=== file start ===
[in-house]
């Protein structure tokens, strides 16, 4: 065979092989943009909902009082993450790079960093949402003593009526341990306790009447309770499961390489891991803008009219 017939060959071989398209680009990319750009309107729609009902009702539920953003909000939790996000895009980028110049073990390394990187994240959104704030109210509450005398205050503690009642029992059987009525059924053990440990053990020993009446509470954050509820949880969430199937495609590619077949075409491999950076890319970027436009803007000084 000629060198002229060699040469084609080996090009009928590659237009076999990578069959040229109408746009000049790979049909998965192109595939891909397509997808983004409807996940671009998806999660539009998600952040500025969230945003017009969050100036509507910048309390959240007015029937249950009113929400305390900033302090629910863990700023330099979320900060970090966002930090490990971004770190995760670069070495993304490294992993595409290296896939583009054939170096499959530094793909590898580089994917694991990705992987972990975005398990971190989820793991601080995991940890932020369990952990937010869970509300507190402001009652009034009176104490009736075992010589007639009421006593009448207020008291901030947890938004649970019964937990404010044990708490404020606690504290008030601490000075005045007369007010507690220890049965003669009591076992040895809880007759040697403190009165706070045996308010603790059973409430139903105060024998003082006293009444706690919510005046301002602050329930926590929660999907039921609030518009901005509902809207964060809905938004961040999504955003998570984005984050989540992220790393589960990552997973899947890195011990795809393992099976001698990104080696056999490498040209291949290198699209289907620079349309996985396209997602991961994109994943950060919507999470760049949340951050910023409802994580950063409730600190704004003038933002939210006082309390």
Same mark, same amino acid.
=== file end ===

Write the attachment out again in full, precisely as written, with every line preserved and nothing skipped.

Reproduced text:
[in-house]
């Protein structure tokens, strides 16, 4: 065979092989943009909902009082993450790079960093949402003593009526341990306790009447309770499961390489891991803008009219 017939060959071989398209680009990319750009309107729609009902009702539920953003909000939790996000895009980028110049073990390394990187994240959104704030109210509450005398205050503690009642029992059987009525059924053990440990053990020993009446509470954050509820949880969430199937495609590619077949075409491999950076890319970027436009803007000084 000629060198002229060699040469084609080996090009009928590659237009076999990578069959040229109408746009000049790979049909998965192109595939891909397509997808983004409807996940671009998806999660539009998600952040500025969230945003017009969050100036509507910048309390959240007015029937249950009113929400305390900033302090629910863990700023330099979320900060970090966002930090490990971004770190995760670069070495993304490294992993595409290296896939583009054939170096499959530094793909590898580089994917694991990705992987972990975005398990971190989820793991601080995991940890932020369990952990937010869970509300507190402001009652009034009176104490009736075992010589007639009421006593009448207020008291901030947890938004649970019964937990404010044990708490404020606690504290008030601490000075005045007369007010507690220890049965003669009591076992040895809880007759040697403190009165706070045996308010603790059973409430139903105060024998003082006293009444706690919510005046301002602050329930926590929660999907039921609030518009901005509902809207964060809905938004961040999504955003998570984005984050989540992220790393589960990552997973899947890195011990795809393992099976001698990104080696056999490498040209291949290198699209289907620079349309996985396209997602991961994109994943950060919507999470760049949340951050910023409802994580950063409730600190704004003038933002939210006082309390």
Same mark, same amino acid.